Unfortunately, the researchers did not release a full list of devices that are affected by this newly discovered old cyber threat. Device specifications nowadays also do not mention anything about GEA-1 and GEA-2 support. It would be difficult to determine if a device can be manipulated into downgrading its data encryption to GEA-1 or GEA-2.
However, since this problem has already been made public, manufacturers are likely to release security patches or firmware updates to address the threat. To avoid becoming victims of cyber-attacks that leverage the GEA-1 and GEA-2 vulnerabilities, it is important for everyone to make sure that they update their software or firmware.
GEA-1 support cannot be disabled through the settings of a smartphone or by some other DIY procedures. The only way to get rid of it is through a firmware/software update, something only the device manufacturers can do. Device users cannot get rid of GEA-1 on their own. Reformatting or flashing a new firmware to their devices is not going to solve the problem.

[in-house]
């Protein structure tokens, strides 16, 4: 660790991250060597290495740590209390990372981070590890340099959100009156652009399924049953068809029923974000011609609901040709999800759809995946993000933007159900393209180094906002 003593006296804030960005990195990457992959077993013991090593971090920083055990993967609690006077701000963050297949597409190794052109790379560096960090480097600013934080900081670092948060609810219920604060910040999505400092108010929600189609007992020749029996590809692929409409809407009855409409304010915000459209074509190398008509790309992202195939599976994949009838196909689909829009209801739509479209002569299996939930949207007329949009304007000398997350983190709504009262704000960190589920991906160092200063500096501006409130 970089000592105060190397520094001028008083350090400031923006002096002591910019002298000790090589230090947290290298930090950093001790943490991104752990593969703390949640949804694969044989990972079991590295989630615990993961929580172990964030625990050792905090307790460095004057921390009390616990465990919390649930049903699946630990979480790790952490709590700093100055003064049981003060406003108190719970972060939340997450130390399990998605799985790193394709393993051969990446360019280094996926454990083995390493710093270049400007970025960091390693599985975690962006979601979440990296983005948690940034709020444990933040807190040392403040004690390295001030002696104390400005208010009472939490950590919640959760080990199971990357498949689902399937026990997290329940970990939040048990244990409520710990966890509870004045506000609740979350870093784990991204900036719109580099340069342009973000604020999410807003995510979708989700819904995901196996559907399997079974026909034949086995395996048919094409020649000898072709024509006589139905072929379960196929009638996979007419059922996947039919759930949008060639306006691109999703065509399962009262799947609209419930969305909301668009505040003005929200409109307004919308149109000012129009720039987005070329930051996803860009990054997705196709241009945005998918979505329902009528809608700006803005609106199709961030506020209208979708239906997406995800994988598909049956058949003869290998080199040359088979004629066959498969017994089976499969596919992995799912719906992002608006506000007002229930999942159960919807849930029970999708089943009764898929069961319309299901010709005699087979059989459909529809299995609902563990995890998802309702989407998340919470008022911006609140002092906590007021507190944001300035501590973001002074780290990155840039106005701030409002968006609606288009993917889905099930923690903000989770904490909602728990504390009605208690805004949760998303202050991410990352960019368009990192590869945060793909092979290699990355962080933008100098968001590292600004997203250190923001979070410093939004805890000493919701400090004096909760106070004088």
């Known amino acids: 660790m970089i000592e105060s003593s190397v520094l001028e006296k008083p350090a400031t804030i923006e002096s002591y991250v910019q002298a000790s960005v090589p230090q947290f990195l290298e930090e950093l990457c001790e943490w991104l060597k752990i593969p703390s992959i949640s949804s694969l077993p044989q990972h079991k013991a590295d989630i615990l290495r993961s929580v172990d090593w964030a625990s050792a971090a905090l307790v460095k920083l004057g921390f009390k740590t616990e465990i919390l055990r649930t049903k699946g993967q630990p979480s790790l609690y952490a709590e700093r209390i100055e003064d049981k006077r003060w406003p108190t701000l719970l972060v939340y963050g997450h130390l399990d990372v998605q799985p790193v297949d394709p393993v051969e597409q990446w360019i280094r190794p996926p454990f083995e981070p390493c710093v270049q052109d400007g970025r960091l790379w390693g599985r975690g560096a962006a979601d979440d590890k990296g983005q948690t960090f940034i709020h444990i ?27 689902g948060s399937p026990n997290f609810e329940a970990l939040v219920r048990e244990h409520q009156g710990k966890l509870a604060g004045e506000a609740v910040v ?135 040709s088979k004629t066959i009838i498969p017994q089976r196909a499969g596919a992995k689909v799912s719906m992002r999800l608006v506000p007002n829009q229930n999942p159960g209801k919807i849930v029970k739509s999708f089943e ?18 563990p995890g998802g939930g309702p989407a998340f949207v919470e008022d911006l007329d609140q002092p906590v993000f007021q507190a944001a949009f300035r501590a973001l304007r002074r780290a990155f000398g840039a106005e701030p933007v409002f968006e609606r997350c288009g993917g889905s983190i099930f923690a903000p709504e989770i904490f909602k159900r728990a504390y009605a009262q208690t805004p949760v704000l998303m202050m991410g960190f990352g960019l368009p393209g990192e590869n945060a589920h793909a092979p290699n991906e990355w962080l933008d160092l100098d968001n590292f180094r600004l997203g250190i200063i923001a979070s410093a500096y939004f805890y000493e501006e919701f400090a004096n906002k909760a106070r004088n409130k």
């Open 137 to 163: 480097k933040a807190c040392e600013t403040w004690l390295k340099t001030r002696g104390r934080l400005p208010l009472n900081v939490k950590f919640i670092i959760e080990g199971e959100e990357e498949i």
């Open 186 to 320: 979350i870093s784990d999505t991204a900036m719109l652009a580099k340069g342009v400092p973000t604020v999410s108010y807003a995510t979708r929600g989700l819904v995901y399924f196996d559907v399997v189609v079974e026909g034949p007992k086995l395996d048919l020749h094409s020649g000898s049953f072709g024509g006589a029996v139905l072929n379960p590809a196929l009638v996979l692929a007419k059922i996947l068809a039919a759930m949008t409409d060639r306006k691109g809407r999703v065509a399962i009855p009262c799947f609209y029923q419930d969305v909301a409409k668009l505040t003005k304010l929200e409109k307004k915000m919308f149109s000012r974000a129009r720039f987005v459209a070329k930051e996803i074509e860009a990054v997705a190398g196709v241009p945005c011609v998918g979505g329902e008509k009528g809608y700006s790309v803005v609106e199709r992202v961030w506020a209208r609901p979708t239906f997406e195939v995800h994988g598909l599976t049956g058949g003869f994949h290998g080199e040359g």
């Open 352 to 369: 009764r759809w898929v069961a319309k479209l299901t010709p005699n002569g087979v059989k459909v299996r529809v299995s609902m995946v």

No need to panic
Despite the potential for the vulnerability to be taken advantage of by cybercriminals, the RUB research team said that it no longer poses a significant threat. “Even though intelligence services and ministers of the interior understandably want such backdoors to exist, they are not at all useful,” the researchers said.
The main concern about this newly unveiled security threat is that it may be used by government bodies to spy on individuals or organizations. As the researchers declared, there is little to be worried about when it comes to governments using weak encryption as a backdoor. “After all, they are not the only ones who can exploit these vulnerabilities, any other attackers can exploit them as well. Our research shows: once a backdoor is implemented, it is very difficult to remove it,” the research team explained.
However, the threat of cybercriminals exploiting the vulnerability for their felonious objectives remains. Device users are not helpless against these threats, though. The key solution is to make sure that the devices used are properly updated.